Lutz’s shop carries Japanese Kobe beef, Australian Wagyu beef, dry-aged Prime beef, Black Angus 1855 beef (a premium brand), pork including Kurobota “and every piece of wild game you can imagine.” He also has homemade sausages including wild-game sausage.

At John Mull’s, Frommer said he has a diverse clientele. The specialty cuts he does include “red beef” for Ethiopian customers, which is “basically inside round that’s skinned down to absolutely no fat,” he said. He sells Prime and Choice beef and sausage, including hot links; smokes turkeys, hams and jerky; sells marinades and rubs; and does catering.

Larry’s sells various types of meat and some fish, will cut veal shanks to order for osso buco and will special-order Prime beef. Larry’s also makes five kinds of sausage and sells Hoffy’s natural-casing hot dogs.

Hughes said he has noticed that the retail side of his business has picked up roughly 25 percent, and speculated that more people are eating at home because of the economy.

“You can buy two steaks for $20, versus going out to dinner for $50,” he said. “There’s nothing wrong with staying home and watching a movie.”

Jensen said he has seen some movement toward less-expensive cuts. Business picked up last summer, he noted, because people weren’t going out of town as much. And Jensen has noticed people making cuts in other ways.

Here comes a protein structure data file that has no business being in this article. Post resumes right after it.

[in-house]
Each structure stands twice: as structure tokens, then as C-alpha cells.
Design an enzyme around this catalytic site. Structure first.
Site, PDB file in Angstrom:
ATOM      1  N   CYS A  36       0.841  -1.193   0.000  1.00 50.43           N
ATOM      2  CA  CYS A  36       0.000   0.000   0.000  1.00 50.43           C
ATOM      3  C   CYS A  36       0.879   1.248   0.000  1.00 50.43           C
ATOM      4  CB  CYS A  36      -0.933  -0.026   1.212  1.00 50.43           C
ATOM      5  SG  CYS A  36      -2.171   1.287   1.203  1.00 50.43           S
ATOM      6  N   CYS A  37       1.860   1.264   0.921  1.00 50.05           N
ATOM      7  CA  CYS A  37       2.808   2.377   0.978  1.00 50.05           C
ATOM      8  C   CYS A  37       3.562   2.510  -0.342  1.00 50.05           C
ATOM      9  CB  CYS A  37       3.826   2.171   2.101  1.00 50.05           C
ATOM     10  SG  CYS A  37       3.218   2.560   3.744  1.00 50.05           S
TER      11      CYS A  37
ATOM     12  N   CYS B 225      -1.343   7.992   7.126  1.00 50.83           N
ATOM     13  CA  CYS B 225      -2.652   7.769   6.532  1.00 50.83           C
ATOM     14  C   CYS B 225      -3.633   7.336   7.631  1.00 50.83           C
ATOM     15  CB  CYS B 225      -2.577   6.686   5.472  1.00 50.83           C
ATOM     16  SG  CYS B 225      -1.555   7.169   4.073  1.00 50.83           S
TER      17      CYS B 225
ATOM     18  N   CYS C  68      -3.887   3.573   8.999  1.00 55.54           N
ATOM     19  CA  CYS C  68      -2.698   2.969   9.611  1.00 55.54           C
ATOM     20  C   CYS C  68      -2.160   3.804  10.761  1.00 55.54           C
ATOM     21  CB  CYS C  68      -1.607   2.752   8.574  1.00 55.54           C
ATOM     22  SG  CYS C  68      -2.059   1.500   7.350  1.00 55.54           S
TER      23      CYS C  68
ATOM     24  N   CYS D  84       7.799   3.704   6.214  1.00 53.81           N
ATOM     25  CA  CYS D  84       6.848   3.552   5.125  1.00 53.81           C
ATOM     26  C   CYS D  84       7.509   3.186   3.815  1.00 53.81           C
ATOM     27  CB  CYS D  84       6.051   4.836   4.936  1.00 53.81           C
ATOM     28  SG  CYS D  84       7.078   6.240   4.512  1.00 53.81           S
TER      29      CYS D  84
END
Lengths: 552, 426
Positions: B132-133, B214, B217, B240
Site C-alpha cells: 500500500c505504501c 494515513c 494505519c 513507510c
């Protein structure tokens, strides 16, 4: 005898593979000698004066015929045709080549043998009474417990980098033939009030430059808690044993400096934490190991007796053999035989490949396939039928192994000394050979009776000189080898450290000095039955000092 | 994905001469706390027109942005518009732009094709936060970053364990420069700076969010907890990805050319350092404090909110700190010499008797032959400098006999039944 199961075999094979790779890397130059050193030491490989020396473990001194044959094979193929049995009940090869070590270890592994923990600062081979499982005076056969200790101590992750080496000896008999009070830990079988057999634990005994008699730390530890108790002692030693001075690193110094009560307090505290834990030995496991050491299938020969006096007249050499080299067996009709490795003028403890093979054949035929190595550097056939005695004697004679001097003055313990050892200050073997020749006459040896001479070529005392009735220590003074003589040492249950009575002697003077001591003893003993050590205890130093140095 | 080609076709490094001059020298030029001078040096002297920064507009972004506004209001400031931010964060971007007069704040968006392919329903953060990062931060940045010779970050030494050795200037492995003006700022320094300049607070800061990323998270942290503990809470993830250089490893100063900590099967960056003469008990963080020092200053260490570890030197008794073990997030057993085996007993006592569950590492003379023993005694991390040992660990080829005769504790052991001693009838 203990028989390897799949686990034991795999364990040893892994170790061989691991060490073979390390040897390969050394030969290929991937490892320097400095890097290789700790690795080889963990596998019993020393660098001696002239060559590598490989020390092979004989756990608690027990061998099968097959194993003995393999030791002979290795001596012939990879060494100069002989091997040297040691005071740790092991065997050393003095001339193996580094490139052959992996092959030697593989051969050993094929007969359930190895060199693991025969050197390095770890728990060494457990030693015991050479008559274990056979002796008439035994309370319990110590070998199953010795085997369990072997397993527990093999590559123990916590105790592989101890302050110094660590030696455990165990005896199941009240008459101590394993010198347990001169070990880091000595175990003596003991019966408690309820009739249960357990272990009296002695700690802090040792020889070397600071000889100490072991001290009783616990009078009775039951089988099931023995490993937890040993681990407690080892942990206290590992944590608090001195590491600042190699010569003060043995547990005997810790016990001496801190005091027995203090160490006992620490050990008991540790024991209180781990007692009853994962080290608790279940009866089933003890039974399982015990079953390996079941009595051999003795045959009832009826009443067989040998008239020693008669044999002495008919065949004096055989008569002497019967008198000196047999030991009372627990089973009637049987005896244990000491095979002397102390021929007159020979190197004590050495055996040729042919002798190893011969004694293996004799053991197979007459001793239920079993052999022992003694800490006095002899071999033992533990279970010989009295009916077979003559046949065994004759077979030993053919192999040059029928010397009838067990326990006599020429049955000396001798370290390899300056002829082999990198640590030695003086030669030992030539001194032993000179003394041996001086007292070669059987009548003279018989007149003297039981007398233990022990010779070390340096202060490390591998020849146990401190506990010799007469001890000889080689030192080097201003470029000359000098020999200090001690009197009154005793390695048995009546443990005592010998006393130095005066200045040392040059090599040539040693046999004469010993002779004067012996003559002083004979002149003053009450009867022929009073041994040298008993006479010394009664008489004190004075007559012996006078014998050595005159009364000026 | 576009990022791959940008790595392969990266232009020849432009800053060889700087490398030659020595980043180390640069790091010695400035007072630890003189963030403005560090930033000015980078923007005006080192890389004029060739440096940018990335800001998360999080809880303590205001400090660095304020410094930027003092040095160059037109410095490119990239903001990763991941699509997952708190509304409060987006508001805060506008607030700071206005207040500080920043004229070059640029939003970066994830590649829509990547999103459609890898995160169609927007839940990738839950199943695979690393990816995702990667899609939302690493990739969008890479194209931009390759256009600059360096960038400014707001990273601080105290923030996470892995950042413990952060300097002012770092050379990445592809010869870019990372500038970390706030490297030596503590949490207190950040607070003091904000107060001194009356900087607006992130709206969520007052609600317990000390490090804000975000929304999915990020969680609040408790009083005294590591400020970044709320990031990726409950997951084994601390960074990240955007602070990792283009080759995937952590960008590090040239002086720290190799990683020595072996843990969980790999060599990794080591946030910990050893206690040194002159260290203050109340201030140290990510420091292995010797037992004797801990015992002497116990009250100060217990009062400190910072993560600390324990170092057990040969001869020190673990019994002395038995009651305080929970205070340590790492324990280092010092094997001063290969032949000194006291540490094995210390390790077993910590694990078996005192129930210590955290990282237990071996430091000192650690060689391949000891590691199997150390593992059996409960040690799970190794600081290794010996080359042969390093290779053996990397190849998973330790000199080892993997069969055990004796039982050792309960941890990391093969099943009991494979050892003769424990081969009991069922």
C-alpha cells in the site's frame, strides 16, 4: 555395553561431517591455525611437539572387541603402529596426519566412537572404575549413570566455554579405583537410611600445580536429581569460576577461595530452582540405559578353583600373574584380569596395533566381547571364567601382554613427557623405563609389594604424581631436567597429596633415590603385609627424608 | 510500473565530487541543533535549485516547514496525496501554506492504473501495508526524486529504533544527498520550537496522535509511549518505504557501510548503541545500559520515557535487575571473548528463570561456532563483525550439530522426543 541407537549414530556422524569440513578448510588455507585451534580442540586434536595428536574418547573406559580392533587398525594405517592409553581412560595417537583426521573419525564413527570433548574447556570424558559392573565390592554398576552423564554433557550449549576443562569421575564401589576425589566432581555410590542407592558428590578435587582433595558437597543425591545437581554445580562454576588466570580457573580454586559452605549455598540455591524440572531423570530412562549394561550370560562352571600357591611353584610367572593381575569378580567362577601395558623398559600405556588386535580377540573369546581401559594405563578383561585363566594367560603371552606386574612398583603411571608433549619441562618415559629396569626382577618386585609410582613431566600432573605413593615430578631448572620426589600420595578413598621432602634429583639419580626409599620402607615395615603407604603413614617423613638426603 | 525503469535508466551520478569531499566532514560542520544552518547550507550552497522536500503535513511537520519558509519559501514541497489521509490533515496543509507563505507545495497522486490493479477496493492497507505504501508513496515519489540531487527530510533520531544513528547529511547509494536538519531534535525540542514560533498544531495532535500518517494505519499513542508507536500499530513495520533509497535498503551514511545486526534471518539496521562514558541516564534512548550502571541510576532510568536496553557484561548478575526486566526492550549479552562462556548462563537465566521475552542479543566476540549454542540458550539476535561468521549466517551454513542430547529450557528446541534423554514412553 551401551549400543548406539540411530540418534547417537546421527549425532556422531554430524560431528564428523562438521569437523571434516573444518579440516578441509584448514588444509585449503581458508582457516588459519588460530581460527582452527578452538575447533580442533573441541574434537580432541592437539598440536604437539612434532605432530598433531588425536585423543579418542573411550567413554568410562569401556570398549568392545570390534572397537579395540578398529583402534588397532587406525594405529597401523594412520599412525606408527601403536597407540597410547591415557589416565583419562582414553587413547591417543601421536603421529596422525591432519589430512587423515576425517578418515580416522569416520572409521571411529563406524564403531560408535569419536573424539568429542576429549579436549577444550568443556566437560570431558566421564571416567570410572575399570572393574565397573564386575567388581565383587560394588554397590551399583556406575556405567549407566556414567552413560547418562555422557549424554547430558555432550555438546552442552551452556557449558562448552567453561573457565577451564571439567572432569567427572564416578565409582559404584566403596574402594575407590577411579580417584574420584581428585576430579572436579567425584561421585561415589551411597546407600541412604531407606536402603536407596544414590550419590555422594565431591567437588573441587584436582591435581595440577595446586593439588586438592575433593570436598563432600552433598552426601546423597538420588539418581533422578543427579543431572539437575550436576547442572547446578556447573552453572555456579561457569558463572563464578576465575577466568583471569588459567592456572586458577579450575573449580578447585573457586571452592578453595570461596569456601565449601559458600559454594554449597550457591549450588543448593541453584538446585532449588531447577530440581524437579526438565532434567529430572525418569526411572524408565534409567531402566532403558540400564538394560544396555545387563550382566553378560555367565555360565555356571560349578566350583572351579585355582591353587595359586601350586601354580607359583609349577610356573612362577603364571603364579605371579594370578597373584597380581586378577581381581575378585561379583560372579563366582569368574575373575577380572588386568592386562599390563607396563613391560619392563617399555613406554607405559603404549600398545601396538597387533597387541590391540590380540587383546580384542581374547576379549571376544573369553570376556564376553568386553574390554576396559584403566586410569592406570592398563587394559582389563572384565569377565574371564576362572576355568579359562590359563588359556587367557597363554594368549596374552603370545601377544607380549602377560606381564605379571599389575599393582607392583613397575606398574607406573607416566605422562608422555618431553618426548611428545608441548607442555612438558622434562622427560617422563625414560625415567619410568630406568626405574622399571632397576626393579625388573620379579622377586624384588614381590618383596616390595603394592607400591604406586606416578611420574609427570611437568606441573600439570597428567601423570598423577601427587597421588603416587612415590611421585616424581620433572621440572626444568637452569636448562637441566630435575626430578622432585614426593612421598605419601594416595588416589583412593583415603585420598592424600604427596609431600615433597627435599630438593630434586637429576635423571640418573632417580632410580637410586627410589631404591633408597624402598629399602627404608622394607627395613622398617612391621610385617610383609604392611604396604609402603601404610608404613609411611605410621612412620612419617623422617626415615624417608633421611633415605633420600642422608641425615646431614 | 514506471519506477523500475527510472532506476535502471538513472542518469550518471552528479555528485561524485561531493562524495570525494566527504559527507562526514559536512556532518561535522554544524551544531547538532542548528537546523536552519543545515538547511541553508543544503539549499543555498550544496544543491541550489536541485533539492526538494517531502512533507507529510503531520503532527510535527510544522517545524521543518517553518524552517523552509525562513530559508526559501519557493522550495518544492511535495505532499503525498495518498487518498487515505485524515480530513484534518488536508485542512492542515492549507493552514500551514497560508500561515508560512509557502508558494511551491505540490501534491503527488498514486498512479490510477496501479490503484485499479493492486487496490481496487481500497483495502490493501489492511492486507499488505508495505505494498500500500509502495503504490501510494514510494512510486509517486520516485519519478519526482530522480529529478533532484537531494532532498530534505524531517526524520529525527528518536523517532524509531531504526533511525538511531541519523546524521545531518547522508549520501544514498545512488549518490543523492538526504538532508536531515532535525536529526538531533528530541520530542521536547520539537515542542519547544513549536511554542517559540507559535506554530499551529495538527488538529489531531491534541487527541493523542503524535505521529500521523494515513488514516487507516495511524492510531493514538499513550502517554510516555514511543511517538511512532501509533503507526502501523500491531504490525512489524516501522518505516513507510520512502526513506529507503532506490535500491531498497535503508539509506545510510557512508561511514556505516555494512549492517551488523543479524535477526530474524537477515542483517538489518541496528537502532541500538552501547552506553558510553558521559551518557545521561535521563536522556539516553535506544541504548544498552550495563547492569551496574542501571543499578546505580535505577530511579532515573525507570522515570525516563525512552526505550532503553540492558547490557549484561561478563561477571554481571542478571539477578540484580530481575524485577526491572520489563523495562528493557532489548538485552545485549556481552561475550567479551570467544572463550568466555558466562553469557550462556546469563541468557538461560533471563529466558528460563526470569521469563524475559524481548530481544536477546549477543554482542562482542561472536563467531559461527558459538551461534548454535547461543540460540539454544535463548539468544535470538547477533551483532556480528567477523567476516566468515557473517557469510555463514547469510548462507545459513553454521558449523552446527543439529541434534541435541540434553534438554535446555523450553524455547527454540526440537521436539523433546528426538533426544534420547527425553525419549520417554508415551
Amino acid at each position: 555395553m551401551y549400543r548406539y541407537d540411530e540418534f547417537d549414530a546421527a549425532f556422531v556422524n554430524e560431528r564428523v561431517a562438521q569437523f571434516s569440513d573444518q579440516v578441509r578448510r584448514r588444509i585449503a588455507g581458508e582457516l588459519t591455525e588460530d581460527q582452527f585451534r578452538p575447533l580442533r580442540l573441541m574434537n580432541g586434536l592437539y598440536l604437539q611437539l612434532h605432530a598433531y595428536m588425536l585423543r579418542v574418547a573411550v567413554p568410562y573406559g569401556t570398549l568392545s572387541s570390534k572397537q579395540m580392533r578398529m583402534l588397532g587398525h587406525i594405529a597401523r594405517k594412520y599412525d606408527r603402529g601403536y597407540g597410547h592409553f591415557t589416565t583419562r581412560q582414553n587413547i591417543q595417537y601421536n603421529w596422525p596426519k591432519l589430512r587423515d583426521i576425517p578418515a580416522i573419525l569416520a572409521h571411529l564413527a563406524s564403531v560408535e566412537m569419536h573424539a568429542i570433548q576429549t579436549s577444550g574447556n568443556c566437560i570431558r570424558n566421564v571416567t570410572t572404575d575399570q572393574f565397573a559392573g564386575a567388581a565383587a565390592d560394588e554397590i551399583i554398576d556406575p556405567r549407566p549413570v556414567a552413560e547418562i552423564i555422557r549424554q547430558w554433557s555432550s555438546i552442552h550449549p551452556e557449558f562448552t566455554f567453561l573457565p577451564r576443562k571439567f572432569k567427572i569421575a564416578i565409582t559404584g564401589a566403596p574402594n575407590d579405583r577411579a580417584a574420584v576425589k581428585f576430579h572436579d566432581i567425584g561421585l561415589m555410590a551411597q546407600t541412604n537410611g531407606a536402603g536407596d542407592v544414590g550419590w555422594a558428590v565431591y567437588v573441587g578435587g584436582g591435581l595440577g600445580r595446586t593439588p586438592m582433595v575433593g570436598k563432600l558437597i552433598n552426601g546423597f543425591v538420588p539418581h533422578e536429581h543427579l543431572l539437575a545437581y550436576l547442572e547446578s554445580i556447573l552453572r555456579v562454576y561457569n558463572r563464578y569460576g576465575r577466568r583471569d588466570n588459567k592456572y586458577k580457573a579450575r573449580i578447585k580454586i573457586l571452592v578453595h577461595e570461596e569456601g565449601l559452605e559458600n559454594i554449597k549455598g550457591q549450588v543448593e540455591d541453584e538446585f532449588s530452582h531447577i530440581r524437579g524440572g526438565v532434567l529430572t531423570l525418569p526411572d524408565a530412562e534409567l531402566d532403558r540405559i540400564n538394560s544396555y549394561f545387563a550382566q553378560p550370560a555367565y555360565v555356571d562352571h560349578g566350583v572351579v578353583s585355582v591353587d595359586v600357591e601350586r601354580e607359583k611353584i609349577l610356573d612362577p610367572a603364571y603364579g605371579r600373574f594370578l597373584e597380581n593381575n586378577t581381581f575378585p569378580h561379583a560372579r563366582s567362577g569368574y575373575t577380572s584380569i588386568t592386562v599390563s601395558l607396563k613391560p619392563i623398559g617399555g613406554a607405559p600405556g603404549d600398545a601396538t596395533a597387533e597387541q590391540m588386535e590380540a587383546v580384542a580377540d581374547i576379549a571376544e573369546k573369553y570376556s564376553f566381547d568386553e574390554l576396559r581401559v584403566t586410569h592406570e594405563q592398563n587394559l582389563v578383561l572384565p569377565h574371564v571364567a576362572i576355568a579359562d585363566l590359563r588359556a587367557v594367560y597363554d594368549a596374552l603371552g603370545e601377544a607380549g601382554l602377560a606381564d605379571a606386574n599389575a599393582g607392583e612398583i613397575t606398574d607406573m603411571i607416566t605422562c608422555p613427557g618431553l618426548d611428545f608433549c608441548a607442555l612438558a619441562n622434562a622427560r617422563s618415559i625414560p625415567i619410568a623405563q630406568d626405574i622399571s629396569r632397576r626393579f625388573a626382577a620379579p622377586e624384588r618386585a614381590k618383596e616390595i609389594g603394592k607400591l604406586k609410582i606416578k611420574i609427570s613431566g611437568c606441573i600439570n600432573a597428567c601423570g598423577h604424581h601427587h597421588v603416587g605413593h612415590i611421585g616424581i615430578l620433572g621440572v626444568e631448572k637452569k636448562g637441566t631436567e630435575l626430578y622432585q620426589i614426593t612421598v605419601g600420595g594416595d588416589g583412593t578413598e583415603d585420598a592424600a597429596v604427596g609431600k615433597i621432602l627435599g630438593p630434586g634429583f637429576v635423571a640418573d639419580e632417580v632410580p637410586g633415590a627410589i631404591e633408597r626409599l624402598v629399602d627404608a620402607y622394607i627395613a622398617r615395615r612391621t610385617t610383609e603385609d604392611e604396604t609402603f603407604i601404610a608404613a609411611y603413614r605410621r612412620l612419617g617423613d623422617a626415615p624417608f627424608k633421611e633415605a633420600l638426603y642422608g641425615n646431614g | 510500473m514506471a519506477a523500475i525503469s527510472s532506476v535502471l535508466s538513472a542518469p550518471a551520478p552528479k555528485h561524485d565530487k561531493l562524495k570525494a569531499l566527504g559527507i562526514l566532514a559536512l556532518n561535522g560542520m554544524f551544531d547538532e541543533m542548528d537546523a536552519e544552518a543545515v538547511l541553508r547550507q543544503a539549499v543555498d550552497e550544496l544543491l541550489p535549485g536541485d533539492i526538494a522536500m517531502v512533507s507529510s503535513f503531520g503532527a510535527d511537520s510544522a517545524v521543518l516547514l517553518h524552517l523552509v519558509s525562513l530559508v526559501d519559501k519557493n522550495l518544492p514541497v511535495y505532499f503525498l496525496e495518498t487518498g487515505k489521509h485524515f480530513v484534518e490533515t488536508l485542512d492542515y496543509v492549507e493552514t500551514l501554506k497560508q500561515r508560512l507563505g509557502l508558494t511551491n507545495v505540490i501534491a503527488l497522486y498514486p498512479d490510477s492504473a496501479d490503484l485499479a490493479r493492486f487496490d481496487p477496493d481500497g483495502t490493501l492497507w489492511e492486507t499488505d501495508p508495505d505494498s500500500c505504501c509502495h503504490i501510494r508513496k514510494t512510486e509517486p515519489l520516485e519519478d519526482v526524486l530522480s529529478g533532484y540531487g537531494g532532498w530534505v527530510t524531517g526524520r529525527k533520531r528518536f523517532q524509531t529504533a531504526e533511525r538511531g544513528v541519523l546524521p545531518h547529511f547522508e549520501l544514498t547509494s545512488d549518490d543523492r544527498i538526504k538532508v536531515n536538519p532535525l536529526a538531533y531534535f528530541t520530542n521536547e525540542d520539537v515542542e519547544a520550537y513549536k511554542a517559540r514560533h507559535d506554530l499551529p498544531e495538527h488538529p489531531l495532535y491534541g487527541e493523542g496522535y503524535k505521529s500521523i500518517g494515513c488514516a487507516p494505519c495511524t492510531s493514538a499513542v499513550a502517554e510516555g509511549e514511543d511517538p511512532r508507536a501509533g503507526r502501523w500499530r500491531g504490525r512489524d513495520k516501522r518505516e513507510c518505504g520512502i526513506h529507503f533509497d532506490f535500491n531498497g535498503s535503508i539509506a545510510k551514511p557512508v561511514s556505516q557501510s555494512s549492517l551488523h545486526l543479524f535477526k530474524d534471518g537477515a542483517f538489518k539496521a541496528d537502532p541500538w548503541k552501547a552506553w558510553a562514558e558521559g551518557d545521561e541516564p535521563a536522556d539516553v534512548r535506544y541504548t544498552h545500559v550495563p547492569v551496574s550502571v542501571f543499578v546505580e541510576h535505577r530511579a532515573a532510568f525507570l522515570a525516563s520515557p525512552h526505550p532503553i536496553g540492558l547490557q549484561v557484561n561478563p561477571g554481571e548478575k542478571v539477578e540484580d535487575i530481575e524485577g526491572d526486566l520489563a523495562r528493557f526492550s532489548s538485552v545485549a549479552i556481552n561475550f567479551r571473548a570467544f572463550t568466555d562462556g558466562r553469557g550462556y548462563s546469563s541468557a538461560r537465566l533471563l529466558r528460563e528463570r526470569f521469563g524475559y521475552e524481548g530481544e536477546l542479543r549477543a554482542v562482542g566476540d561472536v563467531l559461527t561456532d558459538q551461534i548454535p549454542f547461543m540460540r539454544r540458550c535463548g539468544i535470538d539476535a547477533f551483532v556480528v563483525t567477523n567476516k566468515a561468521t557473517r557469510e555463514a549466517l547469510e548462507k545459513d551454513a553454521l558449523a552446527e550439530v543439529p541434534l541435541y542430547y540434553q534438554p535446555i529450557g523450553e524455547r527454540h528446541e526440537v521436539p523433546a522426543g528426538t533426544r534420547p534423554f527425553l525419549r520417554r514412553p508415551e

“They’ll still buy a Prime steak, but they’ll spend less on wine,” he said.

Village Meat & Wine also sells free-range chickens and Shelton’s turkeys and makes 28 types of sausages, and will make other sausages on request for an order of 6 pounds or more. Jensen also sells elk, venison, alligator, duck, pheasant, squab and kangaroo. Yes, kangaroo.

But supermarkets are unwilling to give all the meat business to butcher shops.

Lilia Rodriguez, public-affairs manager for Albertsons’ Southern California region, said while 50 percent of the chicken sold in Albertsons stores comes in prepackaged, 95 percent of the beef is cut by store employees. She said they accept special orders and will cut meat to order.

Marsha Gilford, spokeswoman for Smith’s, said employees cut 90 percent to 95 percent of the stores’ meat.

“It’s not coming in in huge half-carcasses as it used to; it’s coming in in 60- to 80-pound cases,” she said. “Within those cases of meat we do some additional trimming and cutting and packaging into consumer-size orders.”

Gilford said Smith’s meat directors haven’t noticed a shift toward less-expensive cuts, although it appears customers are stocking up when upper-tier cuts are on sale.

“I think it’s about having your favorite meat at a good price rather than giving up,” she said.

Special orders are welcome at Smith’s, she noted, and full-service meat departments are in all Las Vegas Smith’s stores.

But Gilford said ground meat comes in prepackaged. So you may be on your own for the 1-pound package.

Contact reporter Heidi Knapp Rinella at hrinella@reviewjournal.com or 702-383-0474.